It is the manager’s duty to guarantee that guests are safe in the hotel and that the guest properties do not get lost in the hotel. The manager should ensure that the hotels premises get the regular check for faults or non-functioning utilities like elevators. The faulty utilities should be repaired or replaced to avoid any accidents or injuries. The manager should also ensure that individual bins and inclined pavements set up where there are staircases for the differently abled to have easy movement around the hotel. Training the hotel staff on handling the differently abled is also another step in ensuring their comfortability in the hotel. Any guest properties lost inside the hotel fall under the responsibility of the manager and, therefore, he should ensure that there are security cameras to watch over the hotel 24 hours a day. He should also ensure that nobody can get unauthorized entry into the guest rooms (Barth 34).
The manager also has a legal obligation to keep the hotel safe and running as well as to save lives inside the hotel. Therefore, he should ensure that employees serving liquor are well trained on how to treat drunken customers, that they know all the liquor legislations as well as all the signs of an intoxicated customer and how to deny them more alcohol in a respectable manner. All the employees of the hotel should be trained on how to handle a case of a foodborne disease in case one happens in the hotel, and first aiders should be available around the clock to handle the case (Kan 7).
It is also the legal obligation of the manager to ensure that there are no insecurities or thefts in the hotel. This is possible by ensuring that there are enough trained guards patrolling the hotel 24 hours a day and that the guards are well equipped to handle any cases. The guards should be trained on communication skills so that they can handle any emergency cases adequately.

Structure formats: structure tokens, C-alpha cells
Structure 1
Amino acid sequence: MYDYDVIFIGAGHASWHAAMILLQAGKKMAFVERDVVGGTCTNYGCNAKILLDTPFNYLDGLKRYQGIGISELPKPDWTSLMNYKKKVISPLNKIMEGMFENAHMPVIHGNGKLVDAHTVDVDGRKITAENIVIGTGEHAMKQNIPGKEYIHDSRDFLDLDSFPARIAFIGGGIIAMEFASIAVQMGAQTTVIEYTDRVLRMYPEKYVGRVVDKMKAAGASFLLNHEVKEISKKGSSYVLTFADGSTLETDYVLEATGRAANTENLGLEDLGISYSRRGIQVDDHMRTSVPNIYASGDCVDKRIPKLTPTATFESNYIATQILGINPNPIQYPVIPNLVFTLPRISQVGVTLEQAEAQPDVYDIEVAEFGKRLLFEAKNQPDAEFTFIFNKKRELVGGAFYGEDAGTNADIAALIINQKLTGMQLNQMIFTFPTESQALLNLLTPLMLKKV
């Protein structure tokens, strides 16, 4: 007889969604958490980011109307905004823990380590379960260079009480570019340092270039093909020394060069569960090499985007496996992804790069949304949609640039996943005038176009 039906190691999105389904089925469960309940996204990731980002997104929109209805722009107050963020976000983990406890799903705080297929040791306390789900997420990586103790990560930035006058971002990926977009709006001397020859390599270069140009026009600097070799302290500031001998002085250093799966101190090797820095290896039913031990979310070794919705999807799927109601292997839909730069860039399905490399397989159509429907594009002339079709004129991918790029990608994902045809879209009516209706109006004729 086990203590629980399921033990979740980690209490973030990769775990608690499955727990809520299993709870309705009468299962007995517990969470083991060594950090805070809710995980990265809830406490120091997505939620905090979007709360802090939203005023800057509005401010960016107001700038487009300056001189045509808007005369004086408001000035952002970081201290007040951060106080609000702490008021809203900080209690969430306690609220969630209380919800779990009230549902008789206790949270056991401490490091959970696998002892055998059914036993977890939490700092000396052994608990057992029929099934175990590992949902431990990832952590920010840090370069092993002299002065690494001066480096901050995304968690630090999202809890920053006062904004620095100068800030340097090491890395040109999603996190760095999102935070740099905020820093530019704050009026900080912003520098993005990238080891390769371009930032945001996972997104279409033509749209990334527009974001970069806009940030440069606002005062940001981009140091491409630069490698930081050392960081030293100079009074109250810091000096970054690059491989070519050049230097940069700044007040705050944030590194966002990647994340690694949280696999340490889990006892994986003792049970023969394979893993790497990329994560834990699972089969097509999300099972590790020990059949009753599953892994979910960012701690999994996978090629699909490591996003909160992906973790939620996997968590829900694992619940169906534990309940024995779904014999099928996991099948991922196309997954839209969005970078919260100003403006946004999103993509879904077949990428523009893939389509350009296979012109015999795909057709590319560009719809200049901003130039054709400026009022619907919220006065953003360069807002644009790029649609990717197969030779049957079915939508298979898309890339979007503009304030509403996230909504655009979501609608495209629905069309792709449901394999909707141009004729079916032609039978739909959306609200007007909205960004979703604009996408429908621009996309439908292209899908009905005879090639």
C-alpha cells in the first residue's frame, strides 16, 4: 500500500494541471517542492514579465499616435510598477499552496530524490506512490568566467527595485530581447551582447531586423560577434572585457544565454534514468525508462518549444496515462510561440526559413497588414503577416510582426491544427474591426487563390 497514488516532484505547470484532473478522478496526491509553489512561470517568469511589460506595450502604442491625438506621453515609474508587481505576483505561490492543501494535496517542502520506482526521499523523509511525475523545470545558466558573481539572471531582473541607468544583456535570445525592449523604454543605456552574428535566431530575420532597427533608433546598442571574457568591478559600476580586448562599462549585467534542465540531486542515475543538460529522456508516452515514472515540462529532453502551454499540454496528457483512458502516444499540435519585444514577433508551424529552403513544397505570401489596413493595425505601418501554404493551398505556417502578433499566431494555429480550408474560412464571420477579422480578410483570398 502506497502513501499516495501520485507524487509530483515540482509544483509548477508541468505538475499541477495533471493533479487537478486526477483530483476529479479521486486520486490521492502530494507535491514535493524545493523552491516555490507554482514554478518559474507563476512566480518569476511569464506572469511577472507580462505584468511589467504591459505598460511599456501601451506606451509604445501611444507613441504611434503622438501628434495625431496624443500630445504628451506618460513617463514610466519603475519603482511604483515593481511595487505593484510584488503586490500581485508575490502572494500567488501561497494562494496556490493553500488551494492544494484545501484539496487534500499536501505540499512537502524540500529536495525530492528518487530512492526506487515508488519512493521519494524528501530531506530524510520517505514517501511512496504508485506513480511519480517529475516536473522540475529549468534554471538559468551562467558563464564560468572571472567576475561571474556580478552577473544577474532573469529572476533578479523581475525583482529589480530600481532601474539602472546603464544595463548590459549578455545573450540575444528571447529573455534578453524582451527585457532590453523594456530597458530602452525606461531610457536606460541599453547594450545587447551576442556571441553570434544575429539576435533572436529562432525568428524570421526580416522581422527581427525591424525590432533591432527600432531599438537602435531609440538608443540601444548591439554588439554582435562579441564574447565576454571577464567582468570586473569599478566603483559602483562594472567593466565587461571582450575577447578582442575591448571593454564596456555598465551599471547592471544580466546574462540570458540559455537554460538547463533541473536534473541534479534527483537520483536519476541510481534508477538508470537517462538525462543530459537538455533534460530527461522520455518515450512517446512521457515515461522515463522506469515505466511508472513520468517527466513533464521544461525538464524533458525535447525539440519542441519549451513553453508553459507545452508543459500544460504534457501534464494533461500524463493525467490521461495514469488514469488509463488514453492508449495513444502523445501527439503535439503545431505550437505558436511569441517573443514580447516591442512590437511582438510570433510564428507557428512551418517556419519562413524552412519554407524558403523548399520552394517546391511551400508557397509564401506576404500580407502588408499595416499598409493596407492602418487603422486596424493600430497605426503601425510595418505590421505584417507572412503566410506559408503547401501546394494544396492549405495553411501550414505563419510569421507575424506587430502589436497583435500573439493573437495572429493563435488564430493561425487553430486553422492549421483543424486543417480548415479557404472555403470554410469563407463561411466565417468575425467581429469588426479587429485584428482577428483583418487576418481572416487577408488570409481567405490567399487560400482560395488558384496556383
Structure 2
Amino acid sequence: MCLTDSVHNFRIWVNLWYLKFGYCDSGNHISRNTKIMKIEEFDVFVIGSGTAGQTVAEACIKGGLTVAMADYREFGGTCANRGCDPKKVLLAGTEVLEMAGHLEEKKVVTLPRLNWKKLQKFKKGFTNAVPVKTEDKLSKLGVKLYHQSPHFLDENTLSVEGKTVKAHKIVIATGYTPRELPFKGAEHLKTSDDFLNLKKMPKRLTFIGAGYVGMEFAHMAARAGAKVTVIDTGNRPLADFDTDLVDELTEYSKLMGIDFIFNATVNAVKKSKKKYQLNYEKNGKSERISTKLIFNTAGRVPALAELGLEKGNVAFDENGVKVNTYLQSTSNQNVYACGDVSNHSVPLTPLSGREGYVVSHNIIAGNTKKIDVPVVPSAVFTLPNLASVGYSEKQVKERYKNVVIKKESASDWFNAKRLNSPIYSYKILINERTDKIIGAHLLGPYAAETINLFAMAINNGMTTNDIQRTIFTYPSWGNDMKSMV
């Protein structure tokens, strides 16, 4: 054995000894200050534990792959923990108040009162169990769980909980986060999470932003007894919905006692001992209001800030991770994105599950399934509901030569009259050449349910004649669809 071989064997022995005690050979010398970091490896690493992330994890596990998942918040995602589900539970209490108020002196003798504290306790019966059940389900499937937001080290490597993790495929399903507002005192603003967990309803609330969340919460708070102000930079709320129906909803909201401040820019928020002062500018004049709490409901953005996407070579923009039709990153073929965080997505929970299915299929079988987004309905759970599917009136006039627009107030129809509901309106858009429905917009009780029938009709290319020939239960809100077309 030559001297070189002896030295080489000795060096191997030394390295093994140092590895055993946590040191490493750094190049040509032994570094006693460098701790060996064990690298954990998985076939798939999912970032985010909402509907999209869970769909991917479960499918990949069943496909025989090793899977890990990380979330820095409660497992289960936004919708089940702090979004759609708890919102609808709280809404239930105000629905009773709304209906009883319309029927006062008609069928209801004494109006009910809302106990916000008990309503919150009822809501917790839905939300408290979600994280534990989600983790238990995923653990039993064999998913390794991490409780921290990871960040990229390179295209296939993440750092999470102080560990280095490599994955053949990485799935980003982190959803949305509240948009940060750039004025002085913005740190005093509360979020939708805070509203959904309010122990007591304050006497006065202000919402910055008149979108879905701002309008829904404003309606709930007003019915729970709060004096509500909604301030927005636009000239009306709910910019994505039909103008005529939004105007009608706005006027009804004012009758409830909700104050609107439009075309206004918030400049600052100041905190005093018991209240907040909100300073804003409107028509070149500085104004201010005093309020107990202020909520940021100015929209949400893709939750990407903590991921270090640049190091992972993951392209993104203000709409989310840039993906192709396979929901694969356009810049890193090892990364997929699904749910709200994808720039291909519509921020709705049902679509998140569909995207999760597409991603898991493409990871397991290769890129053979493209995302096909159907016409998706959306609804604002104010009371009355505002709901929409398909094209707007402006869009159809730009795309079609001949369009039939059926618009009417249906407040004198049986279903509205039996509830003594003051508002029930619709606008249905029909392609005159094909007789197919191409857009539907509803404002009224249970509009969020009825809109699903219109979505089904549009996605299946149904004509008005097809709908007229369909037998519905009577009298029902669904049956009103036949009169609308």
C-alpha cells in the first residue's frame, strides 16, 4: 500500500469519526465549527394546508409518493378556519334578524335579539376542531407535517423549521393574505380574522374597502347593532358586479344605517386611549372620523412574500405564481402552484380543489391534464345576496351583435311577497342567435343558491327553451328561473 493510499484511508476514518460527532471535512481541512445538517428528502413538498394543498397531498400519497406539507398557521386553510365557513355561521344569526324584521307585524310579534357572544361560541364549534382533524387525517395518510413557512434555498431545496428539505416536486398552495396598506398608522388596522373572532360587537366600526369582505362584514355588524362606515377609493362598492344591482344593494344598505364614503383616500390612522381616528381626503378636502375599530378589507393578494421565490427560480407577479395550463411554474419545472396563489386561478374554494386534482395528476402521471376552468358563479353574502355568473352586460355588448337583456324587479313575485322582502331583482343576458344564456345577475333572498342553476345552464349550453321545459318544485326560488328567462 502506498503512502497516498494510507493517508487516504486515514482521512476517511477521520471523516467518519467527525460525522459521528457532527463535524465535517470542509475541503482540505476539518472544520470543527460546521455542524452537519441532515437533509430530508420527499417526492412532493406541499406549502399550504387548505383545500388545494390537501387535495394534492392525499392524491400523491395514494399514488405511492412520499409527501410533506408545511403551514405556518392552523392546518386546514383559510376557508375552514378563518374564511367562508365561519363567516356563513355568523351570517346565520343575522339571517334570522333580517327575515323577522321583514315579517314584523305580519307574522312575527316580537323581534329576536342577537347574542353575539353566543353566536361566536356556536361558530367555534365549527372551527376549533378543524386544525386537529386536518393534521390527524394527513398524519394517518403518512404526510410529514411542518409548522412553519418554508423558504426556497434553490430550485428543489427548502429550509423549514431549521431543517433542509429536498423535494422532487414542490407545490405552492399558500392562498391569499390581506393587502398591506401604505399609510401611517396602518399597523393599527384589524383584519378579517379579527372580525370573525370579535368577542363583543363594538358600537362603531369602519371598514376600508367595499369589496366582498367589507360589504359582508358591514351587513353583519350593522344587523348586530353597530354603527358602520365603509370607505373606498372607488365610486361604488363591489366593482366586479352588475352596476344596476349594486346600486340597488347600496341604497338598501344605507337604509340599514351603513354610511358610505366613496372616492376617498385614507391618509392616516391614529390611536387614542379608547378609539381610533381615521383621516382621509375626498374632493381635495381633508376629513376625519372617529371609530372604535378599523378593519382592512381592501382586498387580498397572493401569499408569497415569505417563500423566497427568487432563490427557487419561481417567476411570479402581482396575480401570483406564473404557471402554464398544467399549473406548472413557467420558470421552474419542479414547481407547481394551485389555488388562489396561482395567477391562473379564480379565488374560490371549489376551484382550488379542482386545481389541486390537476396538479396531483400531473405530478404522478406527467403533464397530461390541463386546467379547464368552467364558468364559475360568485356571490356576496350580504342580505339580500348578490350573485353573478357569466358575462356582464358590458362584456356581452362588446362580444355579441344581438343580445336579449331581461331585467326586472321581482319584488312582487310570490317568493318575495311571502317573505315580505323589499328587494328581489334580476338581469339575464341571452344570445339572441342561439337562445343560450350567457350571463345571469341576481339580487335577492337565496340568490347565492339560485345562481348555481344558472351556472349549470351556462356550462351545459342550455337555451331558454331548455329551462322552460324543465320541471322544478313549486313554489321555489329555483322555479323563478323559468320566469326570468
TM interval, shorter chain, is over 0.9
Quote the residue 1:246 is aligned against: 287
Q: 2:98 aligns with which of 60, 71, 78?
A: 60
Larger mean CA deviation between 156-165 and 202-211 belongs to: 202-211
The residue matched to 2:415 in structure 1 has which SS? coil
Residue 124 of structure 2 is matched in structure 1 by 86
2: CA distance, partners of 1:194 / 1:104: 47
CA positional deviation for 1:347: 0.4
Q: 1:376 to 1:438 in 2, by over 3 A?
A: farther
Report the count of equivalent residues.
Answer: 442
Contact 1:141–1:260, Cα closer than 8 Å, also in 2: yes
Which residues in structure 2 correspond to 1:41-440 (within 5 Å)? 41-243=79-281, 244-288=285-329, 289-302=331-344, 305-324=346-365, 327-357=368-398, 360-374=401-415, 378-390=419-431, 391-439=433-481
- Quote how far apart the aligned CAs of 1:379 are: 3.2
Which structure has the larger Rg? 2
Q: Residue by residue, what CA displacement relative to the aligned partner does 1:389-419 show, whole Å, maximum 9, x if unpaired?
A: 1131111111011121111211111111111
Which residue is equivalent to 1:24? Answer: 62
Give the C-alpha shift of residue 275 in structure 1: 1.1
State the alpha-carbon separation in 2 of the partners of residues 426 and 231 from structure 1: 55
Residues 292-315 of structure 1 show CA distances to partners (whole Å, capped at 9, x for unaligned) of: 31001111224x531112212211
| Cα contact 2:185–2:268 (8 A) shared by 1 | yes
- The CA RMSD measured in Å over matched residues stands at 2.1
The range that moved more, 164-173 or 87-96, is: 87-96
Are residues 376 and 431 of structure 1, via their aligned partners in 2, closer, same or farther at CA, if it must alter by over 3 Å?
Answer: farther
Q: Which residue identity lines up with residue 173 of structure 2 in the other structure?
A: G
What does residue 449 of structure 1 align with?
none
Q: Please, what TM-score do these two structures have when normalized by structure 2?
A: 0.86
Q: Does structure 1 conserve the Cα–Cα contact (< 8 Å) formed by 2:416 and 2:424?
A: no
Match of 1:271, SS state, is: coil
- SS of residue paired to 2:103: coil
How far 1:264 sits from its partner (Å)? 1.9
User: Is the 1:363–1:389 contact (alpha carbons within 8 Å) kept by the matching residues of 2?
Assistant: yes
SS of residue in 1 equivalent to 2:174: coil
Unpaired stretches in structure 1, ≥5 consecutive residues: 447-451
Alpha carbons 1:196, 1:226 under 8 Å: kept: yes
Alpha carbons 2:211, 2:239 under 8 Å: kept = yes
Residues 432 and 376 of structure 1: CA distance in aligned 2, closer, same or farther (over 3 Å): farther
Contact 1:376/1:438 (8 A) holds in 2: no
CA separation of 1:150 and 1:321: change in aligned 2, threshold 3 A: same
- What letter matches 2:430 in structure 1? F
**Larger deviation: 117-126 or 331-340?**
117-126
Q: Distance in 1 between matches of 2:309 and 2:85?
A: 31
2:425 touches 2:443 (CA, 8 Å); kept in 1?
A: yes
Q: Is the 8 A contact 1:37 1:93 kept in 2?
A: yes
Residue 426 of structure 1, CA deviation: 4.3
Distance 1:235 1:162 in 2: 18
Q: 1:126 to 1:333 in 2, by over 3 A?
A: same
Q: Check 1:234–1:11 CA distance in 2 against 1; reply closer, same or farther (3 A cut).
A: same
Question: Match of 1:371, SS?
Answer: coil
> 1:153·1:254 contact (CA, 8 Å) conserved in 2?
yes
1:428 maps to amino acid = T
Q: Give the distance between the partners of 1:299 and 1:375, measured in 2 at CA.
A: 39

Any good manager should show a high standard of care for the hotel, its guests as well as its employees. This can be done by procuring insurance covers like auto insurance for any vehicles belonging to the hotel, Fire covers in case of any fire accidents, Medical covers for all the employees and guests, Accidents and Injuries covers for the employees and guests of the hotel, products and operations covers to cover any damages caused by the food of the hotel.
In conclusion, it is the duty of the manager to run a peaceful and calm hotel without any discrimination and to ensure that the guests are well served and happy. The manager should always find means to improve the hotel and keep the guests coming back for the experience.

Barth, Stephen. Hospitality Law: New York. John Wiley & Sons Inc. 2011. Print.
Brown, Dan, Ritcher, S.M. and LLP Hampton. Common Legal Issues that Confront Hotel Operators. 2000. Web. 5 Dec 2015.
Hawes, Catherine. ” 5 key legal issues that affect the hospitality industry.”
.2014. Web. 5 Dec 2015.
Kan D. “Hotel Management”. 1999. Web. 5 Dec 2015.
O’Follan, M.J and Rutherford, D.G. “Hotel Management and Operations”: New York. John Wiley & Sons Inc.2013. Print